Alas, that building is gone, but another can be erected.
“The Movies At” seems to do well in local communities, like Meadville and Cranberry.
A similar two- or three-screen cinema should be sufficient for both visitors and area residents to take in a good show after the sun sets on the trails.
I also think a hostel would do well in Titusville, and there just happens to be a perfect building for such a venture sitting right next to The Herald office.
The old YMCA building seems like the perfect location and vibe for a hostel, and people used to actually stay there for periods of time, years ago.
On the back side of the building, there is a space above the pool room that looks like an excellent morning breakfast balcony for tourists to take in some unique culture and scenery, with Dutch Hill looming in the backdrop over a series of industrial buildings.
On the subject of my beloved Dutch Hill, how great would it be for a proper lookout to be constructed on the north face of the hill? Walking around the top of it, I get a full 180-degree panorama of our town.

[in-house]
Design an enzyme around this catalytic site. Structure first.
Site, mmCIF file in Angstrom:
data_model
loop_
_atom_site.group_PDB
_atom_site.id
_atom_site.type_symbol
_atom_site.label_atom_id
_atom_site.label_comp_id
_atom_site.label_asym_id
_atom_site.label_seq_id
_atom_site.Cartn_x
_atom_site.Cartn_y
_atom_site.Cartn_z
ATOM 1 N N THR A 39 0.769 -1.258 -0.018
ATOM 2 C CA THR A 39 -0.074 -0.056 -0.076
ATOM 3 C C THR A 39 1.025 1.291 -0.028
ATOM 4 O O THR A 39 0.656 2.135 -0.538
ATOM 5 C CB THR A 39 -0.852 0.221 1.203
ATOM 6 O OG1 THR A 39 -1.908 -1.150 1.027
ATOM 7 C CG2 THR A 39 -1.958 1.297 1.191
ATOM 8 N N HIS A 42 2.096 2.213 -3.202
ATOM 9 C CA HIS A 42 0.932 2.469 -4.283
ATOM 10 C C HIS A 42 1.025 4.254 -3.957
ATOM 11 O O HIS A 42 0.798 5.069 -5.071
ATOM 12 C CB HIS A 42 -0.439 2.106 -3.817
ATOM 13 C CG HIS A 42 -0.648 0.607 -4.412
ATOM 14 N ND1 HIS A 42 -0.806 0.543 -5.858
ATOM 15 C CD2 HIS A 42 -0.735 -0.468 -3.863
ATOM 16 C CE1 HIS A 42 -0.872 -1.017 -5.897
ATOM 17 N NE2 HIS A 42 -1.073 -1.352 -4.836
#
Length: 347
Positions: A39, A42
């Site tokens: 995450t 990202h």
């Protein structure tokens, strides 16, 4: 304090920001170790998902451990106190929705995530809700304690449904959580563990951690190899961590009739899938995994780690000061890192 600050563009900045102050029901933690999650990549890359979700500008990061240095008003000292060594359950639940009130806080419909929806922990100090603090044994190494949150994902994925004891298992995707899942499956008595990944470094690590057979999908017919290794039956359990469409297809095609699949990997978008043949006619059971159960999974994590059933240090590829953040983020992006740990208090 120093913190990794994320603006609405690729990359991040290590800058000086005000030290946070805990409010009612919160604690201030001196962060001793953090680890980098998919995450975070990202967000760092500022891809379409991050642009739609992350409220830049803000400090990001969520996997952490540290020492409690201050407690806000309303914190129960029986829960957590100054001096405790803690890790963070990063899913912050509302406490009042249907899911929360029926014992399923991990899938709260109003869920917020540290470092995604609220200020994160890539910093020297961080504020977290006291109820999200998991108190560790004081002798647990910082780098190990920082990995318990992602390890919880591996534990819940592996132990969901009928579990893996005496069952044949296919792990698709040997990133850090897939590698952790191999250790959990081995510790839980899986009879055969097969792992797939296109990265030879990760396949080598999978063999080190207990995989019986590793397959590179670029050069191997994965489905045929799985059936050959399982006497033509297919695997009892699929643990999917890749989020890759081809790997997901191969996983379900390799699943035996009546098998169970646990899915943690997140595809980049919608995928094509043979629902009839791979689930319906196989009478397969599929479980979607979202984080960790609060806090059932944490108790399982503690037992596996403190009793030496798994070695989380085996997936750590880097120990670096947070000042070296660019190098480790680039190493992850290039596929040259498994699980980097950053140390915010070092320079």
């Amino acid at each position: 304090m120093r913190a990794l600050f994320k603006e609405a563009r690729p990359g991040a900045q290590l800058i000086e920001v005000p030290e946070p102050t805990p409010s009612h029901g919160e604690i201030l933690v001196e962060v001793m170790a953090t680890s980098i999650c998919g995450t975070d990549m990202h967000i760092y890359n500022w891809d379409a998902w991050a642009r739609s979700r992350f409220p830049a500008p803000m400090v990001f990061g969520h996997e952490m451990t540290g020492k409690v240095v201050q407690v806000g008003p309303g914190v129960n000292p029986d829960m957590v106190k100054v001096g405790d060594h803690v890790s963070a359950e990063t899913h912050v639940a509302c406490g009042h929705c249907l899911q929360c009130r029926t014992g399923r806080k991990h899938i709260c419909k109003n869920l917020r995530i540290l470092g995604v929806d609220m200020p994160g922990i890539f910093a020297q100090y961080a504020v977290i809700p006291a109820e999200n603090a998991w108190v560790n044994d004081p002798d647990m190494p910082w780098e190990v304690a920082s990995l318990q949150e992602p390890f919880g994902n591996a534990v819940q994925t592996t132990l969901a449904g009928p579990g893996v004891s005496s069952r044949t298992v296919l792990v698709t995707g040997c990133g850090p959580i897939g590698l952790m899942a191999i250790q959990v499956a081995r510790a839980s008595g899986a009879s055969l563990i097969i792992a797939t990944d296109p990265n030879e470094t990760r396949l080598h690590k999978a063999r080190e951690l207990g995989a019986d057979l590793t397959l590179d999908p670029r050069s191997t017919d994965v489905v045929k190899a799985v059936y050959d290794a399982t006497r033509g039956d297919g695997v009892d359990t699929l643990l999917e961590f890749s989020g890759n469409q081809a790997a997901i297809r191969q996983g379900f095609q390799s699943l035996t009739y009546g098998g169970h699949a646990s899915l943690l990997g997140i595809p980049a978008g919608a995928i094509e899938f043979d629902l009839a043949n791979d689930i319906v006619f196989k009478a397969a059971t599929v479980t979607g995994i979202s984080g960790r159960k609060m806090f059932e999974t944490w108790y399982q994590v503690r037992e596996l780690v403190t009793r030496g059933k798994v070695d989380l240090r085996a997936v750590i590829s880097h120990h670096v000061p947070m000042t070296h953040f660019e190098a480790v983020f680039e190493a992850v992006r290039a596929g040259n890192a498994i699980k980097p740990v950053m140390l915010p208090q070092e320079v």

I would not be at all opposed to sacrificing a few trees to construct a lookout deck.
Maybe even a big “TITUSVILLE” sign — like the “HOLLYWOOD” sign — stretching across its rounded peak.
This city also greatly needs a clothing and shoe store that offers a mix of high-end and low budget products that cater to a broad demographic.
A wider selection of eating options would also be a big draw for Titusville.
If people could bike, hike or drive to Titusville, knowing they can expect to fulfill the demands of their tastebuds beyond the traditional foods (which I do love), the increase in traffic to our little valley would be nothing but a boon to the economy.
I know that I, personally, drive to Cranberry to eat authentic Mexican food.
While we do have excellent Chinese and Italian restaurants, other ethnic foods would be just as welcome.
And, no chain places, please. Authentic foods or I’ll make it at home.
And, how about an art supply store?
Beyond the striking of artistic inspiration one finds on the trail network and the inevitable urge to sit down and paint the scenery, let’s consider the wealth of budding talent from our local artists and crafters.
Art breathes life into a community almost as powerfully as jobs.